Lessons from a transcription factor: Alx1 provides insights into gene regulatory networks, cellular reprogramming, and cell type evolutionThe skeleton-forming cells of sea urchins and other echinoderms have been studied by developmental biologists as models of cell specification and morphogenesis for many decades. The gene regulatory network (GRN) deployed in the embryonic skeletogenic cells of euechinoid sea urchins is one of the best understood in any developing animal. Recent comparative studies have leveraged the information contained in this GRN, bringing renewed attention to the diverse patterns of skeletogenesis within the phylum and the evolutionary basis for this diversity. The homeodomain-containing transcription factor, Alx1, was originally shown to be a core component of the skeletogenic GRN of the sea urchin embryo. Alx1 has since been found to be key regulator of skeletal cell identity throughout the phylum. As such, Alx1 is currently serving as a lens through which multiple developmental processes are being investigated. These include not only GRN organization and evolution, but also cell reprogramming, cell type evolution, and the gene regulatory control of morphogenesis. This review summarizes our current state of knowledge concerning Alx1 and highlights the insights it is yielding into these important developmental and evolutionary processes.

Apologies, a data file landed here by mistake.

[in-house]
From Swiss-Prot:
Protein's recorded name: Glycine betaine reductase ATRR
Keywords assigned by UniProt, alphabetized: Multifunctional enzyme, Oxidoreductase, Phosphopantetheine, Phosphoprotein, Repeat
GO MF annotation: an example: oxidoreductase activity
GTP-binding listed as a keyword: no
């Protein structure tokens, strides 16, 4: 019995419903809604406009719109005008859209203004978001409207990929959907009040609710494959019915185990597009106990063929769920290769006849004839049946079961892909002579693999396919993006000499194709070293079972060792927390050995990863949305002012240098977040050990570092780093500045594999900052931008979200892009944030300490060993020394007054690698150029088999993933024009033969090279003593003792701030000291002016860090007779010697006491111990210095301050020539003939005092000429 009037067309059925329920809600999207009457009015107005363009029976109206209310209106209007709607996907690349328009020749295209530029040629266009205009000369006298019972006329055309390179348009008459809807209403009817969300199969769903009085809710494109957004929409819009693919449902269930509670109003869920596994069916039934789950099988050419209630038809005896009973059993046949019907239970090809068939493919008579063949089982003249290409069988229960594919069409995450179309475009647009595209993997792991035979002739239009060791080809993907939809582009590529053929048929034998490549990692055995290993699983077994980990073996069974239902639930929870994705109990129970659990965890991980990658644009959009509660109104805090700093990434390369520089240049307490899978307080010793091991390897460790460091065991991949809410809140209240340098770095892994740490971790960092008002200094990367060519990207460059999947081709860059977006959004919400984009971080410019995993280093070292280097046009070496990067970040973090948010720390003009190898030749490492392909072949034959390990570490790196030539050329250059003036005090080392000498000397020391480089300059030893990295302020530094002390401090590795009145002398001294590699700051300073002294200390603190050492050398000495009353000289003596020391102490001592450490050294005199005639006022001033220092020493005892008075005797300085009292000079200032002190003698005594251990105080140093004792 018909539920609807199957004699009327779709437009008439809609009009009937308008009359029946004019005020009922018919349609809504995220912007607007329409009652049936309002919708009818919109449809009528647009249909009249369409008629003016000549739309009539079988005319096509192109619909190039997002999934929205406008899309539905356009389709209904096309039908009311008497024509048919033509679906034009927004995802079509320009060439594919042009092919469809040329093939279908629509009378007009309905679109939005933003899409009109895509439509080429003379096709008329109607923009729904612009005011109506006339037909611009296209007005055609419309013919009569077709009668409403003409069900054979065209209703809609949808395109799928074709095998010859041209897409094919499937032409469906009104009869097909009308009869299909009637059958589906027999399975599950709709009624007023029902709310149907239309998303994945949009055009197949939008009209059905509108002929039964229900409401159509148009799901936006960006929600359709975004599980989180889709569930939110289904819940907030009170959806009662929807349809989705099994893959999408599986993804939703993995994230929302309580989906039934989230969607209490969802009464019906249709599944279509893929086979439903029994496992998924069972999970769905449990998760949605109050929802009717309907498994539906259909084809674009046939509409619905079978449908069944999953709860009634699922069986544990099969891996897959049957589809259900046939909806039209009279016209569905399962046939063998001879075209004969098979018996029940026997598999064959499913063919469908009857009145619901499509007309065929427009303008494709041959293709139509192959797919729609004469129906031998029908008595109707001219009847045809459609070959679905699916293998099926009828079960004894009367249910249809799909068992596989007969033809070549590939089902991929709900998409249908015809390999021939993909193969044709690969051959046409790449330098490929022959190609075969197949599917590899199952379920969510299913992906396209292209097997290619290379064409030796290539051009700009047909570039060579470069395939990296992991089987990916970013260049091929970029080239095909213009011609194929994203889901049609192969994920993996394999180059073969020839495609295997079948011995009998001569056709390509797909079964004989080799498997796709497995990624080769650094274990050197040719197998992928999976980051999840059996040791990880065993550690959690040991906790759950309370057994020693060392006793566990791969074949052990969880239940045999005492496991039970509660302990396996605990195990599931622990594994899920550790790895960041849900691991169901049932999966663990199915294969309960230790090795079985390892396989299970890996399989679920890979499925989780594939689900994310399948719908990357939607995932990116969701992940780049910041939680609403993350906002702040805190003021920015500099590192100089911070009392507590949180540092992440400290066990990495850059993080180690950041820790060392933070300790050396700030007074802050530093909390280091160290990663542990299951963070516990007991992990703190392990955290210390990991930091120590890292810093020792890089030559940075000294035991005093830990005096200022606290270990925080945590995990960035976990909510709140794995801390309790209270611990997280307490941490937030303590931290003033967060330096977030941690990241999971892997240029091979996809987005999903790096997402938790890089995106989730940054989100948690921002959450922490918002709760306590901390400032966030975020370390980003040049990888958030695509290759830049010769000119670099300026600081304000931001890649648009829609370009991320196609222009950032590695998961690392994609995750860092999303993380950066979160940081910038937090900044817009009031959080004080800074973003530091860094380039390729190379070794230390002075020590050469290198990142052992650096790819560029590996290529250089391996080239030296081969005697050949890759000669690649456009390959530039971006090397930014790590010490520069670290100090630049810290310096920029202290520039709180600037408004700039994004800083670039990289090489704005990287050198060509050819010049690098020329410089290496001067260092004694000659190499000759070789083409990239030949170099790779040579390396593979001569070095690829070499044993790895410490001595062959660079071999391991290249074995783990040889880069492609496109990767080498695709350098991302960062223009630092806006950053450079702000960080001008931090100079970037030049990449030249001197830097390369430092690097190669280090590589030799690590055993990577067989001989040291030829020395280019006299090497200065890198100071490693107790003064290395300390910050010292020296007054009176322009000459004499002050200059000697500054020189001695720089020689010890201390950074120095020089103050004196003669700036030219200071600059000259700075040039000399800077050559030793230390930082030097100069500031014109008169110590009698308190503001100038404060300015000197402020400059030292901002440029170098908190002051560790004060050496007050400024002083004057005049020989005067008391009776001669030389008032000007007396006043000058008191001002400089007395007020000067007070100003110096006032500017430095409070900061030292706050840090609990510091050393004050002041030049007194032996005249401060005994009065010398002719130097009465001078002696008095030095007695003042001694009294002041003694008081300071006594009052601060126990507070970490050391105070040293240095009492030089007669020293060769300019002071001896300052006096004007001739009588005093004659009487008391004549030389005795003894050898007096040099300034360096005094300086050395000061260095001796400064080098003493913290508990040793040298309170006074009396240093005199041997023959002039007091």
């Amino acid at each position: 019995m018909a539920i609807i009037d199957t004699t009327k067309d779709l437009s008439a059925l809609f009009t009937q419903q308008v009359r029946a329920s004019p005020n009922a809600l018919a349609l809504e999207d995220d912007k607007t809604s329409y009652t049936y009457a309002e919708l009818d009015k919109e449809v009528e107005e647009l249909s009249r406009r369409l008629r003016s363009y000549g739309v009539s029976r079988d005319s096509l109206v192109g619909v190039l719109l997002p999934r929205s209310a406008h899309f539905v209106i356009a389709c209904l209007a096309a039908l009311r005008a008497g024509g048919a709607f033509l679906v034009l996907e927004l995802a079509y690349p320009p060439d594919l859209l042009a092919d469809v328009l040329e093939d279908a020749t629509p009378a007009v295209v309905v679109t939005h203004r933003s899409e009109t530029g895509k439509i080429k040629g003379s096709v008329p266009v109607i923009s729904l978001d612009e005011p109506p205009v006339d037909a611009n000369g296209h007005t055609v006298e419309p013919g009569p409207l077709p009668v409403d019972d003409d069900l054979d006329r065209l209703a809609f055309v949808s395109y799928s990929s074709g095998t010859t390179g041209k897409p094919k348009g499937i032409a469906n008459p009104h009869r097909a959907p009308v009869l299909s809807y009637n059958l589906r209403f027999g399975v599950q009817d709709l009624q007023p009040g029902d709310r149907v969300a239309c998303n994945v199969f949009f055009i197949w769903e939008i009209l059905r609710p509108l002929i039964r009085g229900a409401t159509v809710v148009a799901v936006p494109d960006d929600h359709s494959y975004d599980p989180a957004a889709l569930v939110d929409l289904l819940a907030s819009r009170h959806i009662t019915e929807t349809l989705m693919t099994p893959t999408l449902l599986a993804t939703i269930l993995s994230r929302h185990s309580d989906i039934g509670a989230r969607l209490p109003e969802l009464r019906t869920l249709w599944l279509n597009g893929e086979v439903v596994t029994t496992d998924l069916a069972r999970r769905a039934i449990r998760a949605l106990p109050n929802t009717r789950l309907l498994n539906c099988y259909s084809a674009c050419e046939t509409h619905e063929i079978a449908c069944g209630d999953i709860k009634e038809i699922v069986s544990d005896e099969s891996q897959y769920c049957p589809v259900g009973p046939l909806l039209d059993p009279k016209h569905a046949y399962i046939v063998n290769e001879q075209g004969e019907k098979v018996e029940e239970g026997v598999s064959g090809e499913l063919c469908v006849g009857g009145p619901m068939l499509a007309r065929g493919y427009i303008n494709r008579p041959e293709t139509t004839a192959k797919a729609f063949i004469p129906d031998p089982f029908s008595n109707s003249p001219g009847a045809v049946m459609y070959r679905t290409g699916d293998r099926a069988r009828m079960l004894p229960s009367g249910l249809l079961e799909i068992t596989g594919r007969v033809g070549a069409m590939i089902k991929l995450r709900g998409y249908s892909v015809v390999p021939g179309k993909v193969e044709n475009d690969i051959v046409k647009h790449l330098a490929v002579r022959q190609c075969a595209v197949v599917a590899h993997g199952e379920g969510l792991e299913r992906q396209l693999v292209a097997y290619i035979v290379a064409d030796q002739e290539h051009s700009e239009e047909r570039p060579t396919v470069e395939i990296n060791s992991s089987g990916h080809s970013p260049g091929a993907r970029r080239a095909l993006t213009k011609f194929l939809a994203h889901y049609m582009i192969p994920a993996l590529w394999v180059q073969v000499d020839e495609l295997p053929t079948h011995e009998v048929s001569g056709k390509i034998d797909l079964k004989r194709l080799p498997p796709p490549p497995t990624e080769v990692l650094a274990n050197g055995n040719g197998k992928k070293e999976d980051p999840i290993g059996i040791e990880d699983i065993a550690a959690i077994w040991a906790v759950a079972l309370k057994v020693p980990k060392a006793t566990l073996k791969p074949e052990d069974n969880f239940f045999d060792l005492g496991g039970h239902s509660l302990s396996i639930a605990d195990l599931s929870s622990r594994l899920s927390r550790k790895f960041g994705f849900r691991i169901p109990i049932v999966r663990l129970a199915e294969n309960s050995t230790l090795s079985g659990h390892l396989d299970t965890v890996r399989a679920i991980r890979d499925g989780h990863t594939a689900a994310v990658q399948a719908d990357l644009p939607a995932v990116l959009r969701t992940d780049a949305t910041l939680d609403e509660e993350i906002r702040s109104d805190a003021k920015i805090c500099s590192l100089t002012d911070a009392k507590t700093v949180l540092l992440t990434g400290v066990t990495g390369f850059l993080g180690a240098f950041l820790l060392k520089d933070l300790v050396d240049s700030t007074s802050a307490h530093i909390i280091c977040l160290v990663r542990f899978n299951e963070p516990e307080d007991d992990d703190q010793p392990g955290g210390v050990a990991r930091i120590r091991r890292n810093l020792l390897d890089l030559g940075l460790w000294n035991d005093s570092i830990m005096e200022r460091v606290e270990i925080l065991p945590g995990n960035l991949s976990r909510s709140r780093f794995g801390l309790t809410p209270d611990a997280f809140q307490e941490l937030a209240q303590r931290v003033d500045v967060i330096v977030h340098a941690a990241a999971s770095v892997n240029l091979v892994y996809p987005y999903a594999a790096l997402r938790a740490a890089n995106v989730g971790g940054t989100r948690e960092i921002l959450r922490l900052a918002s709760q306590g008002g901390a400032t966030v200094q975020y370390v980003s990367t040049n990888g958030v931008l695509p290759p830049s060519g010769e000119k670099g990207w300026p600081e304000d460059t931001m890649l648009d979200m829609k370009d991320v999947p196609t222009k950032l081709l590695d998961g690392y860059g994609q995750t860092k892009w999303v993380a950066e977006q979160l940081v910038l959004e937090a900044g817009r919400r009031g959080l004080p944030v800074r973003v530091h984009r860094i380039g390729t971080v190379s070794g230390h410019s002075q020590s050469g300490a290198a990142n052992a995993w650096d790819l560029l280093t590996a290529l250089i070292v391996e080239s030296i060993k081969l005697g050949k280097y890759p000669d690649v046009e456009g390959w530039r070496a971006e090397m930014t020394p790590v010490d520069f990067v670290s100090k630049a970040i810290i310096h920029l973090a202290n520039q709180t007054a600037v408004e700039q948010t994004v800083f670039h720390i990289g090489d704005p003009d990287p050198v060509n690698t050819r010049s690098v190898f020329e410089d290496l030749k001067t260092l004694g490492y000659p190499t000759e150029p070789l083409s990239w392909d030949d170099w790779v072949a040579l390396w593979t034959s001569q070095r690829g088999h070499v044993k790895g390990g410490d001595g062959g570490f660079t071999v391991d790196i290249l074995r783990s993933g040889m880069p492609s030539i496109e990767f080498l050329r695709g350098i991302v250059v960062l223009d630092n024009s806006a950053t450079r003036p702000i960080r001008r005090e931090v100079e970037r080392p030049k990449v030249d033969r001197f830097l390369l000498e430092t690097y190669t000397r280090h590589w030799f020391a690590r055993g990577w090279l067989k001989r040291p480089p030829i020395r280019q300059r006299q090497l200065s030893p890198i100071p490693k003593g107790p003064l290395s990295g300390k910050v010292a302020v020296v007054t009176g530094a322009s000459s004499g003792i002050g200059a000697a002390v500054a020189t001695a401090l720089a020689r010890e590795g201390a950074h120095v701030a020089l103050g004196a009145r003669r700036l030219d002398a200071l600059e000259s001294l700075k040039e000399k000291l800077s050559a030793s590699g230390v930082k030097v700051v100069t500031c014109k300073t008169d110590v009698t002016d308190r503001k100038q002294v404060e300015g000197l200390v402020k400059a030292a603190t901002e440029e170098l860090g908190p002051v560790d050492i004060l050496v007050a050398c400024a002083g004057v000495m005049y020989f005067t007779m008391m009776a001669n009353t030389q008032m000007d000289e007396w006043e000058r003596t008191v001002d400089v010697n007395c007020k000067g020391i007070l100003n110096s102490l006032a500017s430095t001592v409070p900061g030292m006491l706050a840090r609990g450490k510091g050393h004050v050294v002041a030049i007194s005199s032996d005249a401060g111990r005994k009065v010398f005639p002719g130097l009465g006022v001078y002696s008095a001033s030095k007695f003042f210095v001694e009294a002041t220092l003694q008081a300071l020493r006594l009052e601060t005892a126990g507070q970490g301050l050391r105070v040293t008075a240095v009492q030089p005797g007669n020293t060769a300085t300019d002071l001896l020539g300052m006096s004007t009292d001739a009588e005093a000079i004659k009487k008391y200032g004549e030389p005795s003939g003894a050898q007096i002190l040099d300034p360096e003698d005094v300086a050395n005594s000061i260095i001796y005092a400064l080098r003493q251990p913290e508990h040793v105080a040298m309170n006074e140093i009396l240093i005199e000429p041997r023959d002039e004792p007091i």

Evolutionary Changes in the Chromatin Landscape Contribute to Reorganization of a Developmental Gene Network During Rapid Life History Evolution in Sea UrchinsWittkopp, Patricia (Ed.)Abstract Chromatin configuration is highly dynamic during embryonic development in animals, exerting an important point of control in transcriptional regulation. Yet there exists remarkably little information about the role of evolutionary changes in chromatin configuration to the evolution of gene expression and organismal traits. Genome-wide assays of chromatin configuration, coupled with whole-genome alignments, can help address this gap in knowledge in several ways. In this study we present a comparative analysis of regulatory element sequences and accessibility throughout embryogenesis in three sea urchin species with divergent life histories: a lecithotroph Heliocidaris erythrogramma, a closely related planktotroph H. tuberculata, and a distantly related planktotroph Lytechinus variegatus. We identified distinct epigenetic and mutational signatures of evolutionary modifications to the function of putative cis-regulatory elements in H. erythrogramma that have accumulated nonuniformly throughout the genome, suggesting selection, rather than drift, underlies many modifications associated with the derived life history. Specifically, regulatory elements composing the sea urchin developmental gene regulatory network are enriched for signatures of positive selection and accessibility changes which may function to alter binding affinity and access of developmental transcription factors to these sites. Furthermore, regulatory element changes often correlate with divergent expression patterns of genes involved in cell type specification,more »